Everyone knows that in the American South, football is a big deal. This year my undergrad alma mater had a perfect season with zero losses. It was the first time in nearly 20 years they didn’t have a winning season. Thankfully for Mississippi football diehards, these things are cyclical: Mississippi State and Ole Miss had good seasons without the shadow of Southern Miss to contend with. While I have no special love for their program, it’s worth pointing out that people in Mississippi probably care more about Ole Miss and their team than any other. It’s the “Howard Stern syndrome” in that probably more than half the population of the state roots for them. The other half watches them play just as dutifully, only they hope they get the snot beaten out of them. It’s the nature of the in-state football rivalries. I suspect it works the same across the nation.
On Saturday, January 5, Ole Miss made their first bowl appearance in a few years in the BBVA Compass Bowl. It was a really big deal for them with their new coach showing immediately that he could turn the program around. Huzzah to them for the improved season, too, but I can’t bring myself to watch Ole Miss play because of the previously mentioned in-state rivalries. I went out with some friends instead and had a great time. When I got home, I thought I would check and see if they managed to be Mississippi’s bowl winners this season after Mississippi State’s loss in December.
Having worked for WLBT, the Jackson-area’s top station, I went to their site first. Owned by Raycom, the site was recently rebranded from wlbt.com to msnewsnow.com. They feature sections on the local newscasts promoting “web extra” stories, even though this telegraphs to everyone that they are simply stories not big enough to make the news. While I haven’t done anything more than anecdotal research, I can say that none of these stories I saw promoted on the news were actually from Mississippi. This means they are devoting special attention on the home page away from local news for some reason. My best guess is the stories are from other Raycom stations. If this isn’t the case, they are simply teaching people not to turn to their website for local news with no upside for the station or company.
Let’s take a look at their “above the fold” page from the wee hours of Sunday morning after this bowl game in which every Mississippian was interested in the outcome:
Without scrolling, the only football game you would think was happening of interest to anyone was the BCS Championship. While Alabama was playing in that game, I don’t think they are as important to Mississippians as Ole Miss. Not finding the answer immediately led to an exercise of seeing which site got it right. From this point forward we will assume that any omissions like this are a problem with underpaid/undertrained web producers and not a systemic problem with the news outlet’s web architecture.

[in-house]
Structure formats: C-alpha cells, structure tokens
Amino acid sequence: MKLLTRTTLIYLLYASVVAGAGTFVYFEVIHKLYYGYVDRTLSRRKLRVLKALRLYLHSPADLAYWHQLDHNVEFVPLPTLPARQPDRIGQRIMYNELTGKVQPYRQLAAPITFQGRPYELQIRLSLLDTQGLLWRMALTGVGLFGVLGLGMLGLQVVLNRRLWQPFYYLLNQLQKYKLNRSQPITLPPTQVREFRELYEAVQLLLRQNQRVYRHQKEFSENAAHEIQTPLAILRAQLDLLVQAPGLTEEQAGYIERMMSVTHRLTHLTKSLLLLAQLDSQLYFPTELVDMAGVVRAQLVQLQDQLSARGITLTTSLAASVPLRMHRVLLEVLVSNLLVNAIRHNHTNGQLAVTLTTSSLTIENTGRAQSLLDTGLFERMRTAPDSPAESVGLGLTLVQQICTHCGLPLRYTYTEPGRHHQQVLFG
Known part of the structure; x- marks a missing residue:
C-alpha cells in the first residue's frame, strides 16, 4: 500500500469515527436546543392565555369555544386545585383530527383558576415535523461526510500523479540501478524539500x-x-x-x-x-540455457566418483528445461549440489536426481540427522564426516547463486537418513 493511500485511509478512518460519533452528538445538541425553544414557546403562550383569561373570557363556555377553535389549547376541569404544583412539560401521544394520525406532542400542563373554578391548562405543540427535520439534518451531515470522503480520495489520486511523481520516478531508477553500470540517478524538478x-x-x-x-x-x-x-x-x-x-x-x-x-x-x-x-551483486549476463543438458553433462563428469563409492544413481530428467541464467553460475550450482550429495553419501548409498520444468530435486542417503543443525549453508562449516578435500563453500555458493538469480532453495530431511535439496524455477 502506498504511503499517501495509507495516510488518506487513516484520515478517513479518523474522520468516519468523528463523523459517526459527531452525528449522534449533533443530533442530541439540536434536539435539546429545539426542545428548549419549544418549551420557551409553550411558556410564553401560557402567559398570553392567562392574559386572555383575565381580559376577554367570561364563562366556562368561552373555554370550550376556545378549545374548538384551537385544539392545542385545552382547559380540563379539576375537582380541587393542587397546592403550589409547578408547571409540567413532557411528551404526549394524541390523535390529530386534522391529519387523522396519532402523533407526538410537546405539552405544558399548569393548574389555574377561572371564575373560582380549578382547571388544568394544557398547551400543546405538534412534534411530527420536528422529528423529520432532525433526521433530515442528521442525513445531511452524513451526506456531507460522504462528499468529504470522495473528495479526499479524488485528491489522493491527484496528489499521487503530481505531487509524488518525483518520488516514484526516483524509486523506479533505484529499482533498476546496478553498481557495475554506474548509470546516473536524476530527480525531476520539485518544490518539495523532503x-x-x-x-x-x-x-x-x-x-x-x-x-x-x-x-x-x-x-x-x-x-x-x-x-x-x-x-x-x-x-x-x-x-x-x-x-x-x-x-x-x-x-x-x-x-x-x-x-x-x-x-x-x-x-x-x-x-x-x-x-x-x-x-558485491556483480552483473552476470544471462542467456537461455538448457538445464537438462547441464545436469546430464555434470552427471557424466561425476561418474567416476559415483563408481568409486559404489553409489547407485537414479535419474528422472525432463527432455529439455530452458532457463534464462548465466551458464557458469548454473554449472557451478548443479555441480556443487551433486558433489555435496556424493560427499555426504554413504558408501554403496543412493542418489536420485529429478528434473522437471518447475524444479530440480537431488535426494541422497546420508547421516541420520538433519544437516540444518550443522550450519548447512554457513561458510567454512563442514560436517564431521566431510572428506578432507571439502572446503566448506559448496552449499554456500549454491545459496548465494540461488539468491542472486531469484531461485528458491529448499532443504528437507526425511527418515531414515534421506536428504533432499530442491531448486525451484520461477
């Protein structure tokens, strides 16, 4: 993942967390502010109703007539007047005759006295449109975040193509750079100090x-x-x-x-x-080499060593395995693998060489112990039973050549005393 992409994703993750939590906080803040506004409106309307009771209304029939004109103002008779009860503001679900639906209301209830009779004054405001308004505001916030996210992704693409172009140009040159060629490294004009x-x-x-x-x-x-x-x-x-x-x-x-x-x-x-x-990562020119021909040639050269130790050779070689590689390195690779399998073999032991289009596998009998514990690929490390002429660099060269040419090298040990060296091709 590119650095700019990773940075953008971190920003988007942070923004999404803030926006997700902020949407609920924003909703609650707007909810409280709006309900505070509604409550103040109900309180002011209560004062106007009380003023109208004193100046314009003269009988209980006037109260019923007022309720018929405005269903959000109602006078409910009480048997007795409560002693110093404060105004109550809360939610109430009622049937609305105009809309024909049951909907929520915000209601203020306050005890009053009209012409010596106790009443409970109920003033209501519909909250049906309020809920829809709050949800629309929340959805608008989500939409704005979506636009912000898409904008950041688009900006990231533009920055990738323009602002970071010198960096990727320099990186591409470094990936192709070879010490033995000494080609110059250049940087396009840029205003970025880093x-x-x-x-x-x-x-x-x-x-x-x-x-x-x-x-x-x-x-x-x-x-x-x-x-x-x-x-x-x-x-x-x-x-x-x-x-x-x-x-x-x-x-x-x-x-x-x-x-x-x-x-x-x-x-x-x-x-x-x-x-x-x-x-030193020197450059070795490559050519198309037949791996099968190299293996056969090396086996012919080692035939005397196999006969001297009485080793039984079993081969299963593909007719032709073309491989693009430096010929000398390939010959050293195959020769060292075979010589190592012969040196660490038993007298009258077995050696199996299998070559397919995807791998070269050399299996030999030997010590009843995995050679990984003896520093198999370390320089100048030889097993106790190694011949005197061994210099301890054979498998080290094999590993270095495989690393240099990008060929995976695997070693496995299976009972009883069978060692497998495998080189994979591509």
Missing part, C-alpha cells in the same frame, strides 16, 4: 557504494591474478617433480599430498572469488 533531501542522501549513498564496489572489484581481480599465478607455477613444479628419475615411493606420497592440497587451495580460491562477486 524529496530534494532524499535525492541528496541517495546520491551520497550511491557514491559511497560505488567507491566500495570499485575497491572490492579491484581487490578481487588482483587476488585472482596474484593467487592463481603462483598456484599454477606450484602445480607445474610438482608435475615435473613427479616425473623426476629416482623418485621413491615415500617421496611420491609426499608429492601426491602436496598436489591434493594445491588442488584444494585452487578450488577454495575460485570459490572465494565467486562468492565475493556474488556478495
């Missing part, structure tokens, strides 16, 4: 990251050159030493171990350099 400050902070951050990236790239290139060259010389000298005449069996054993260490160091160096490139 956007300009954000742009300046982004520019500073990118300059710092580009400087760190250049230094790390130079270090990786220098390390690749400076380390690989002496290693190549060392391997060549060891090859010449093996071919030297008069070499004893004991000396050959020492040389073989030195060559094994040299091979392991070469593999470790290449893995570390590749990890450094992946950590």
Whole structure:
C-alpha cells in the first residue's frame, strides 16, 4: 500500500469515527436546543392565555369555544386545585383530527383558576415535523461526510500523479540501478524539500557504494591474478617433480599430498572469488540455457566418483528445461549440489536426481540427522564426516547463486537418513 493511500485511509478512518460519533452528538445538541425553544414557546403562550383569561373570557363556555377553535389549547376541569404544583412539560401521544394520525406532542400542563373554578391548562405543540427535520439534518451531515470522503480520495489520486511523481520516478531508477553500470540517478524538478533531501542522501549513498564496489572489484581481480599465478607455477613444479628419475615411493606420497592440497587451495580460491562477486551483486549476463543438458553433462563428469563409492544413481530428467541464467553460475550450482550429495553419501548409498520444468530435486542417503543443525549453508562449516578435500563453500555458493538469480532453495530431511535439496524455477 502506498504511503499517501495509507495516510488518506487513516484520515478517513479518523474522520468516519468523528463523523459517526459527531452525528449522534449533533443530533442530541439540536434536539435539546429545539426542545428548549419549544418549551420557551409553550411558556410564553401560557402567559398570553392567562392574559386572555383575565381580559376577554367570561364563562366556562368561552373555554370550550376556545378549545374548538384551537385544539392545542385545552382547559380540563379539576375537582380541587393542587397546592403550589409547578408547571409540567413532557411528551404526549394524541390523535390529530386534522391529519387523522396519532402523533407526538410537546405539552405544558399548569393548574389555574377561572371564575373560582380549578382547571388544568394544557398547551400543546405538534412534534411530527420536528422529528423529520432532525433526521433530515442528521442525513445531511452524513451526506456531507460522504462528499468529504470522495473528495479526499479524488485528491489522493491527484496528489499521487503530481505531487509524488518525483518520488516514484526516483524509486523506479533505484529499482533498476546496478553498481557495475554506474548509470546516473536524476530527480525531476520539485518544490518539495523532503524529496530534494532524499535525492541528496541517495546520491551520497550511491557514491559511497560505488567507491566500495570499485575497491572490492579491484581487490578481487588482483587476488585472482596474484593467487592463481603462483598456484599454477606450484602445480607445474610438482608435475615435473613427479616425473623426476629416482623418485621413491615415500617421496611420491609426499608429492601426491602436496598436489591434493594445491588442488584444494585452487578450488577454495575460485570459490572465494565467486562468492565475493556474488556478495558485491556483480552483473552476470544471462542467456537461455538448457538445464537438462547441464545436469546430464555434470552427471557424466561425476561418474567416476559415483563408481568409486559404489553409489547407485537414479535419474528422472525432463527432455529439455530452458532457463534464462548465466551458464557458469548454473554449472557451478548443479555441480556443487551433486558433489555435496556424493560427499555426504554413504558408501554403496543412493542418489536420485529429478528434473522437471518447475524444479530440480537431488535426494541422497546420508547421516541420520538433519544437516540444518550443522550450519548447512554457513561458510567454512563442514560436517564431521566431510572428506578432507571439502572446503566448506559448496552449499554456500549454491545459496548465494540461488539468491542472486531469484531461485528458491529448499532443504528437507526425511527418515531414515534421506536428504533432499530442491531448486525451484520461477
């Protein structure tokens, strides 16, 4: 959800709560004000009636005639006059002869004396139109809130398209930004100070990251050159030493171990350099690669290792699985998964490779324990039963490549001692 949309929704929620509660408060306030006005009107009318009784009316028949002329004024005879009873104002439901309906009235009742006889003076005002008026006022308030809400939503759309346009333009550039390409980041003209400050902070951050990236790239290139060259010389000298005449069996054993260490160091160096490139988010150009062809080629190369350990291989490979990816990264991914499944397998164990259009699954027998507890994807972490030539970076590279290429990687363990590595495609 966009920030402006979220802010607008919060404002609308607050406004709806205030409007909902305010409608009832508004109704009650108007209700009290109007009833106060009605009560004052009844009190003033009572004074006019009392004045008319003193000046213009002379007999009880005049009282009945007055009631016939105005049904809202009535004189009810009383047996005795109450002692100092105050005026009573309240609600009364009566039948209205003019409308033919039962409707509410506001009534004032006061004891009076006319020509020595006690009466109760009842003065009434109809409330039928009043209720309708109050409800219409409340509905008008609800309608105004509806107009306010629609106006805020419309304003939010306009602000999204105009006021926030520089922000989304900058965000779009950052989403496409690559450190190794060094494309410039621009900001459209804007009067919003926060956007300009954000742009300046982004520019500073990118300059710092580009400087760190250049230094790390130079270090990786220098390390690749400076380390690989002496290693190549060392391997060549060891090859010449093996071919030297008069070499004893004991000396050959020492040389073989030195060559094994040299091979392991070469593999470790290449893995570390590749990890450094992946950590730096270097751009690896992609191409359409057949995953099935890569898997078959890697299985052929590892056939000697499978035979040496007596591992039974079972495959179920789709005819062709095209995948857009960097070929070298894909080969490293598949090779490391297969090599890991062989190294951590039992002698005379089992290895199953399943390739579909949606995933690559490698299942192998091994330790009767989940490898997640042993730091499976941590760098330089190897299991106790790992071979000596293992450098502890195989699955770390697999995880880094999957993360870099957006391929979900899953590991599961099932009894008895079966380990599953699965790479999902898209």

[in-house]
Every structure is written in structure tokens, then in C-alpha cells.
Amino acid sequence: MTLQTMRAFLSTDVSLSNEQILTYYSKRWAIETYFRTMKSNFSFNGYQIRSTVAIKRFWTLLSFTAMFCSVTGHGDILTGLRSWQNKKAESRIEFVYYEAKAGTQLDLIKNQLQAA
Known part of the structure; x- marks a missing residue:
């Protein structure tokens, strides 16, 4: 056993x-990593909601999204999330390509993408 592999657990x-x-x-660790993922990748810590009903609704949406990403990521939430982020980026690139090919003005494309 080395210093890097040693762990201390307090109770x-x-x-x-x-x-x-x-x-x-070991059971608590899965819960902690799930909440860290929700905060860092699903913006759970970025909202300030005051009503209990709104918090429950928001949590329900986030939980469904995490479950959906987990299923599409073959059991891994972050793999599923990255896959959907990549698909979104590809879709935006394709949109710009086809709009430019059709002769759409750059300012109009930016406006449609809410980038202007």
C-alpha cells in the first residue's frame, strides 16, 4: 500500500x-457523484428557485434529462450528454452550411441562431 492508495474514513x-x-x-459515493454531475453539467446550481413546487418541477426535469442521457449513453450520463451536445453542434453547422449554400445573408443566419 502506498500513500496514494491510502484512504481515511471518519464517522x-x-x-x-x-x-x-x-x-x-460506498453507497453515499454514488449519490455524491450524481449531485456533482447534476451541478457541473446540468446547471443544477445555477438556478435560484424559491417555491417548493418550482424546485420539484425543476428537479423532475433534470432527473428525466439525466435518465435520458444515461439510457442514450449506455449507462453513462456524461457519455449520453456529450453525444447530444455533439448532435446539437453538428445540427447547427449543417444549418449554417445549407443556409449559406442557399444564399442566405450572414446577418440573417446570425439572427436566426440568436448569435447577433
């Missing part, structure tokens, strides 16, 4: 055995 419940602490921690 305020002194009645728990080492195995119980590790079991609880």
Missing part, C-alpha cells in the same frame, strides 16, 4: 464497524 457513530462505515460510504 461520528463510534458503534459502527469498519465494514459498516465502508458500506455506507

They score an A in providing information to the end-user in my opinion. The information is there with the score–no scrolling; no hunting; no clicking. They leave a lot of interaction on the table by not using the story as a way to draw you deeper into the site. There is much less content on their site obviously, but that’s not the topic of this post.
While the site is cleaner, it’s still a failing grade for them. First, and off topic, they feature a truly horrible picture to accompany their headline. Was there no image to pull from the whole story with things in focus? There are three other chances in their “lead stories” area, but they miss them all.
With Jackson’s three television news outlets covered, I decided to toss Gannett‘s Clarion Ledger newspaper site into the mix. They reformatted their site to the Gannett standard a couple of years ago. Let’s take a look:
Another A+ as they not only let you know who won, they have a picture of the coach and the trophy. They also have several stories built around the game to give you more information and insight into the big game. It’s the sort of behavior that consultants teach TV news outlets, but if the owners of Mississippi’s stations push for this, it doesn’t carry over to their web coverage. I’ll single out WLBT for special criticism, too, as the “web extra” category is simply begging to have a photographer go to a bar and record people watching the game. A straight, video-only piece with fan reaction is perfect here. It’s an opportunity missed for two stations. WJTV and the Clarion Ledger both give you what you need, but only the newspaper’s website offers a chance to dig deeper.